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See: Math notebook, Define classical Lie groups, Classical Lie groups
Understand numbers - Understand quaternions and complex numbers of complex numbers, and relate that description to the i, j, k three-cycle.
- In category theory, what does or could play the role of the conjugates i and -i in labeling the direction of morphisms?
- Consider what the Jacob identity tells us in terms of distinguishing marked opposites and unmarked opposites (conjugates).
Understand matrices - Why are the transpose, conjugate transpose, etc. the only "path reversals" possible for continuity?
- Relate the combinatorial interpretation of the symplectic inverse to the conjugate transpose. Is the conjugation applied twice and thus it disappears? (Consider Vogan).
- Why does the determinant have to equal 1 so that Cramer's rule works out nicely?
Understand how real rotations and their axes chain together real dimensions. - Study three dimensional rotations, how they add, and how they relate to spinors.
- Try to imagine rotations in four real dimensions.
Understand rotations in complex dimensions and quaternionic dimensions. - Understand how {$SO(n,\mathbb{C})$} relates to rotations in real dimensions.
- Understand how {$SL(n,\mathbb{C})$} relates to rotations in complex dimensions.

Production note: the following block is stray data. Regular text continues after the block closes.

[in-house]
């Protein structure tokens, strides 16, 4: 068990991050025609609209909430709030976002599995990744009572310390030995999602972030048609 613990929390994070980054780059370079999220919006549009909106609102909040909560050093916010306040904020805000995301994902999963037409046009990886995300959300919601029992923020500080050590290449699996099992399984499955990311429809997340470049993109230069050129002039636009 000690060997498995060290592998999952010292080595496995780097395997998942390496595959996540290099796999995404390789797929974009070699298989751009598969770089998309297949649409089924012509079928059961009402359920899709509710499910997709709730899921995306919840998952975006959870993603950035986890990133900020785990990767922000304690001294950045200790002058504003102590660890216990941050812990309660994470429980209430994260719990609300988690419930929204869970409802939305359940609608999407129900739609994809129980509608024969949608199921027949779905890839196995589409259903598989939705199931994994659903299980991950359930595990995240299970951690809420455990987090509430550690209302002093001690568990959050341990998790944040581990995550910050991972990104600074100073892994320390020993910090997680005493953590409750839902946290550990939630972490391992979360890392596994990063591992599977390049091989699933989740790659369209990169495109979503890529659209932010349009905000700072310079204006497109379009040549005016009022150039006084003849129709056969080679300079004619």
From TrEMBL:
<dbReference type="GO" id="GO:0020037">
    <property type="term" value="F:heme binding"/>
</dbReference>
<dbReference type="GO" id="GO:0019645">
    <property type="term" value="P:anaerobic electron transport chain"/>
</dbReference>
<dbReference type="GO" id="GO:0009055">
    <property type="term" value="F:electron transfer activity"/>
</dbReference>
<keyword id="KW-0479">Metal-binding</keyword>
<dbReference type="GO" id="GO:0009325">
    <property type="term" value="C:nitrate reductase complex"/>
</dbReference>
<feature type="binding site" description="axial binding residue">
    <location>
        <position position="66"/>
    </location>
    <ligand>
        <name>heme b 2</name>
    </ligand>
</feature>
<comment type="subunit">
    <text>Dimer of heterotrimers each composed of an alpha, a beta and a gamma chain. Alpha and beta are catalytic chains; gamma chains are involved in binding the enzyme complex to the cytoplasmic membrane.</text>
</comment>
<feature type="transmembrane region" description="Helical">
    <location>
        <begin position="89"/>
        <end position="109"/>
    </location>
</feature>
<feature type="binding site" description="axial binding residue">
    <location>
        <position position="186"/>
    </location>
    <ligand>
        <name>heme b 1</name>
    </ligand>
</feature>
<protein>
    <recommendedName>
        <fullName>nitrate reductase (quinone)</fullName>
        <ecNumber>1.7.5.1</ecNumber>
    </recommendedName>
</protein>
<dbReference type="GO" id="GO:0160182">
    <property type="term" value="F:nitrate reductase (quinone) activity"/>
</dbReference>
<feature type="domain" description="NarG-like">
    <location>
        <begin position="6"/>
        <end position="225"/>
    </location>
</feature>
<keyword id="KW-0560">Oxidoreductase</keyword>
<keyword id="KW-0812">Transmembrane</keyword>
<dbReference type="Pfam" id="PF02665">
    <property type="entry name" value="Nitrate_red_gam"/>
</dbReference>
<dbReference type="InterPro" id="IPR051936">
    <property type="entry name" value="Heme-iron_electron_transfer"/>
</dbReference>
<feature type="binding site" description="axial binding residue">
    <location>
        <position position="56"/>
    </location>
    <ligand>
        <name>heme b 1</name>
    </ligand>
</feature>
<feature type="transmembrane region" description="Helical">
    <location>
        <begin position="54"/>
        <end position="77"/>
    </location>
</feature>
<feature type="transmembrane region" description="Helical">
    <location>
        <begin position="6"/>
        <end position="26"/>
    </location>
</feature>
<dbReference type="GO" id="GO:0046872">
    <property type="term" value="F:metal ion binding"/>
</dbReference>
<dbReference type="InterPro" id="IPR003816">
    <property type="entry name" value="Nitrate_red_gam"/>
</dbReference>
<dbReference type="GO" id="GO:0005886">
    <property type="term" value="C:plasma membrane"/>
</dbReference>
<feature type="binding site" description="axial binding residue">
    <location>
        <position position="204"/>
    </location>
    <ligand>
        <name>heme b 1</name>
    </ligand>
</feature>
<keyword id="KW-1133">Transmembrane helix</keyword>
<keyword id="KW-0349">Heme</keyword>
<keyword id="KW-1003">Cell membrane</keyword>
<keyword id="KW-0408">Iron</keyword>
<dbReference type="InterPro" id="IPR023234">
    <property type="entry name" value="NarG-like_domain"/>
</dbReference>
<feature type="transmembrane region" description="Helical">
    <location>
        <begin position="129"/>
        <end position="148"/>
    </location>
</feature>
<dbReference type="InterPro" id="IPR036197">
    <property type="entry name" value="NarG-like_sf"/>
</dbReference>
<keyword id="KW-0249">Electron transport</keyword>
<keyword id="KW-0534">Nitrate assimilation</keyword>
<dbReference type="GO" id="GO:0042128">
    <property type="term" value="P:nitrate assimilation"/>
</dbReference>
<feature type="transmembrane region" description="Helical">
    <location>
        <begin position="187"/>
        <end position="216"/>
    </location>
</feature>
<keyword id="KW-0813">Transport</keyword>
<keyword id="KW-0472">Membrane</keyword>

- Understand how {$Sp(n,\mathbb{C})$} relates to rotations in quaternionic dimensions.
- Give a combinatorial intepretation of {$O^TO = OO^T = I$}.
- Give a combinatorial intepretation of {$U^*U = UU^* = I$}.
- Understand how rotations in complex dimensions relate to rotations in pairs of real dimensions.
- Study how rotations work in two complex dimensions.
- Understand how quaternions model real rotations in three dimensions.
Understand how, in general, rotations and their axes chain together dimensions. - Look for the symmetry that can be interpreted in the chains of dimensions.
- What is the role of the determinant in the special linear group? As the product of the eigenvalues?
Linear algebra - Understand polar decomposition.
- Can the eigenvectors of a matrix be understood as axes of rotation?
- Given a complex matrix, what are the possibilities for its inverse, if we want continuity?
Geometry - Relate geometry as the regularity of choice and as rotations.
- Understand how the six transformations relate to rotations.
- Consider a triangle as offering four ways of looking at rotations.
Advanced mathematical ideas - Understand rotation in one octonion dimension.
- Understand Bott periodicity in terms of rotations.
- Think of exact sequences as relating a sequence of axes or eigenvectors.
Perspectives - Consider rotations around rotations as an analogy of perspectives on perspectives, and likewise rotations around rotations around rotations.
Mathematical facts Numbers - Unmarked (ambiguous) opposites (conjugates): left x left x left = right and right x right x right = left
- Marked (unambiguous) opposites (1 and -1): 1 x 1 x 1 = 1 and -1 x -1 x -1 = -1
- Thus cubing unmarked opposites yield the opposite, whereas cubing marked opposites yields themselves.